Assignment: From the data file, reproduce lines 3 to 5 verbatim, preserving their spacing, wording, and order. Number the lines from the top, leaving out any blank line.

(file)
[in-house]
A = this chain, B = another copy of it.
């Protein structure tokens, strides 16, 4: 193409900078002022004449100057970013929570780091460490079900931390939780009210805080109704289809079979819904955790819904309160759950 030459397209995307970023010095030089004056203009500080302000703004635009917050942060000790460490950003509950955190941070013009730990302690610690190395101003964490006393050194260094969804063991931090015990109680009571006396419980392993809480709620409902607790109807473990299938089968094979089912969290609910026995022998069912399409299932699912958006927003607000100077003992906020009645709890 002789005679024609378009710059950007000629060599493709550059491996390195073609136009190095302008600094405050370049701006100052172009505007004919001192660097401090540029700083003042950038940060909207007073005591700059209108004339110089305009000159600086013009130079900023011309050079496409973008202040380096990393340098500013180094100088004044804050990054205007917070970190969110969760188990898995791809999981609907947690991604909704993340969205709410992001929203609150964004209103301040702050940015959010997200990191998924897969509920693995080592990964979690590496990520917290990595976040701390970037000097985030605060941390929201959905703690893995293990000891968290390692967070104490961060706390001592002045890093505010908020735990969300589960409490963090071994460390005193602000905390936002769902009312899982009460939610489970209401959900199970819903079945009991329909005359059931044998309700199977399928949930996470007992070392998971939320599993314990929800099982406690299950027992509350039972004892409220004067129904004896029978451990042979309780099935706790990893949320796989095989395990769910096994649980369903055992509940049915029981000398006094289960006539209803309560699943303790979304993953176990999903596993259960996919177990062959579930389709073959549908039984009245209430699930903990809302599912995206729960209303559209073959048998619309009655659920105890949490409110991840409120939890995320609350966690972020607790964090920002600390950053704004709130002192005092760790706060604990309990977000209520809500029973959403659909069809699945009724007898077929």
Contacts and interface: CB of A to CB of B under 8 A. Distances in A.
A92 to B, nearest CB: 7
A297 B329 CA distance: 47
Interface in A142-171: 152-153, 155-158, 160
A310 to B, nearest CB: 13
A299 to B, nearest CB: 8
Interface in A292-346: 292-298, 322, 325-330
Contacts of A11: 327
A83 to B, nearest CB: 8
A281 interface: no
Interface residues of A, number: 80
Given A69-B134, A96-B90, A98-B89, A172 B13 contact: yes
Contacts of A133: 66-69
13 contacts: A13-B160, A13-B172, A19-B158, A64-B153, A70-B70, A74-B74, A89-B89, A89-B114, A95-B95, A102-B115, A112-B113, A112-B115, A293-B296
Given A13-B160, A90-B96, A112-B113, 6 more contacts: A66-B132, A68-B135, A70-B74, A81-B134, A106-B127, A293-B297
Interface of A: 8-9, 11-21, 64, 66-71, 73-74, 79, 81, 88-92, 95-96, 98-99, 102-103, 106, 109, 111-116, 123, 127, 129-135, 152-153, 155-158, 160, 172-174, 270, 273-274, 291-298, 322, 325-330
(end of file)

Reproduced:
């Protein structure tokens, strides 16, 4: 193409900078002022004449100057970013929570780091460490079900931390939780009210805080109704289809079979819904955790819904309160759950 030459397209995307970023010095030089004056203009500080302000703004635009917050942060000790460490950003509950955190941070013009730990302690610690190395101003964490006393050194260094969804063991931090015990109680009571006396419980392993809480709620409902607790109807473990299938089968094979089912969290609910026995022998069912399409299932699912958006927003607000100077003992906020009645709890 002789005679024609378009710059950007000629060599493709550059491996390195073609136009190095302008600094405050370049701006100052172009505007004919001192660097401090540029700083003042950038940060909207007073005591700059209108004339110089305009000159600086013009130079900023011309050079496409973008202040380096990393340098500013180094100088004044804050990054205007917070970190969110969760188990898995791809999981609907947690991604909704993340969205709410992001929203609150964004209103301040702050940015959010997200990191998924897969509920693995080592990964979690590496990520917290990595976040701390970037000097985030605060941390929201959905703690893995293990000891968290390692967070104490961060706390001592002045890093505010908020735990969300589960409490963090071994460390005193602000905390936002769902009312899982009460939610489970209401959900199970819903079945009991329909005359059931044998309700199977399928949930996470007992070392998971939320599993314990929800099982406690299950027992509350039972004892409220004067129904004896029978451990042979309780099935706790990893949320796989095989395990769910096994649980369903055992509940049915029981000398006094289960006539209803309560699943303790979304993953176990999903596993259960996919177990062959579930389709073959549908039984009245209430699930903990809302599912995206729960209303559209073959048998619309009655659920105890949490409110991840409120939890995320609350966690972020607790964090920002600390950053704004709130002192005092760790706060604990309990977000209520809500029973959403659909069809699945009724007898077929």
Contacts and interface: CB of A to CB of B under 8 A. Distances in A.
A92 to B, nearest CB: 7